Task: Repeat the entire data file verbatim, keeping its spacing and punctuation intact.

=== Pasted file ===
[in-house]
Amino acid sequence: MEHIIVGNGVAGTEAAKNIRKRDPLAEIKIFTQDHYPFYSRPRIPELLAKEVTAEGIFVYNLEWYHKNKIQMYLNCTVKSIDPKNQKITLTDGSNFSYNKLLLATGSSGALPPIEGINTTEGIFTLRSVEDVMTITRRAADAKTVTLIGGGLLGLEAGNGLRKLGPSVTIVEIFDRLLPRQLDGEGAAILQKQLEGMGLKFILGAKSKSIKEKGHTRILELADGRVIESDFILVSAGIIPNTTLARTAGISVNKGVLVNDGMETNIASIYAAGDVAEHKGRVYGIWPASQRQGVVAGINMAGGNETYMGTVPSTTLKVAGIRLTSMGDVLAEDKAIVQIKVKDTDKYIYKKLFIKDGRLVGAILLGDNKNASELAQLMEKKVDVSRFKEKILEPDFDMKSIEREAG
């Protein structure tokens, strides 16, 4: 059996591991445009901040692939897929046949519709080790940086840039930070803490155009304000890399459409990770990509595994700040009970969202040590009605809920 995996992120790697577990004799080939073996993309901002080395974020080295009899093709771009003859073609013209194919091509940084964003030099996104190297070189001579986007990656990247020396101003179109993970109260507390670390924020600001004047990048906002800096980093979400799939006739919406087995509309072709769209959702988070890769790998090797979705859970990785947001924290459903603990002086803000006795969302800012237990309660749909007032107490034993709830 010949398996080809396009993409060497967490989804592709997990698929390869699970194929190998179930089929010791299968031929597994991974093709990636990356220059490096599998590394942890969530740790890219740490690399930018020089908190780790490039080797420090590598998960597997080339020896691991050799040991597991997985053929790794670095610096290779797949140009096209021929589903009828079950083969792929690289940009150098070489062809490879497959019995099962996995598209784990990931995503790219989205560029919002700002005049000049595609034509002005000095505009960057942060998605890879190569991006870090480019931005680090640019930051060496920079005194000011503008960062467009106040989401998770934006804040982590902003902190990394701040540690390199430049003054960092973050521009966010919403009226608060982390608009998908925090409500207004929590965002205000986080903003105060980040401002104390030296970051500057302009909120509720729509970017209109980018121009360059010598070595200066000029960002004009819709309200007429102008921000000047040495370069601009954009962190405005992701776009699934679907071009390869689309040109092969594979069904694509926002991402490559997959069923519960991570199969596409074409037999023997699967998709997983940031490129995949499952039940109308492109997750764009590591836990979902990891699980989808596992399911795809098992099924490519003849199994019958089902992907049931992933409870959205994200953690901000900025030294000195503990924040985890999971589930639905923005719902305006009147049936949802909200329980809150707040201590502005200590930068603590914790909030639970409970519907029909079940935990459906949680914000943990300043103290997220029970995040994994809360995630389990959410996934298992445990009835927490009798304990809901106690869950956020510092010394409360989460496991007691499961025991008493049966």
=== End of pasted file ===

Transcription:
[in-house]
Amino acid sequence: MEHIIVGNGVAGTEAAKNIRKRDPLAEIKIFTQDHYPFYSRPRIPELLAKEVTAEGIFVYNLEWYHKNKIQMYLNCTVKSIDPKNQKITLTDGSNFSYNKLLLATGSSGALPPIEGINTTEGIFTLRSVEDVMTITRRAADAKTVTLIGGGLLGLEAGNGLRKLGPSVTIVEIFDRLLPRQLDGEGAAILQKQLEGMGLKFILGAKSKSIKEKGHTRILELADGRVIESDFILVSAGIIPNTTLARTAGISVNKGVLVNDGMETNIASIYAAGDVAEHKGRVYGIWPASQRQGVVAGINMAGGNETYMGTVPSTTLKVAGIRLTSMGDVLAEDKAIVQIKVKDTDKYIYKKLFIKDGRLVGAILLGDNKNASELAQLMEKKVDVSRFKEKILEPDFDMKSIEREAG
């Protein structure tokens, strides 16, 4: 059996591991445009901040692939897929046949519709080790940086840039930070803490155009304000890399459409990770990509595994700040009970969202040590009605809920 995996992120790697577990004799080939073996993309901002080395974020080295009899093709771009003859073609013209194919091509940084964003030099996104190297070189001579986007990656990247020396101003179109993970109260507390670390924020600001004047990048906002800096980093979400799939006739919406087995509309072709769209959702988070890769790998090797979705859970990785947001924290459903603990002086803000006795969302800012237990309660749909007032107490034993709830 010949398996080809396009993409060497967490989804592709997990698929390869699970194929190998179930089929010791299968031929597994991974093709990636990356220059490096599998590394942890969530740790890219740490690399930018020089908190780790490039080797420090590598998960597997080339020896691991050799040991597991997985053929790794670095610096290779797949140009096209021929589903009828079950083969792929690289940009150098070489062809490879497959019995099962996995598209784990990931995503790219989205560029919002700002005049000049595609034509002005000095505009960057942060998605890879190569991006870090480019931005680090640019930051060496920079005194000011503008960062467009106040989401998770934006804040982590902003902190990394701040540690390199430049003054960092973050521009966010919403009226608060982390608009998908925090409500207004929590965002205000986080903003105060980040401002104390030296970051500057302009909120509720729509970017209109980018121009360059010598070595200066000029960002004009819709309200007429102008921000000047040495370069601009954009962190405005992701776009699934679907071009390869689309040109092969594979069904694509926002991402490559997959069923519960991570199969596409074409037999023997699967998709997983940031490129995949499952039940109308492109997750764009590591836990979902990891699980989808596992399911795809098992099924490519003849199994019958089902992907049931992933409870959205994200953690901000900025030294000195503990924040985890999971589930639905923005719902305006009147049936949802909200329980809150707040201590502005200590930068603590914790909030639970409970519907029909079940935990459906949680914000943990300043103290997220029970995040994994809360995630389990959410996934298992445990009835927490009798304990809901106690869950956020510092010394409360989460496991007691499961025991008493049966």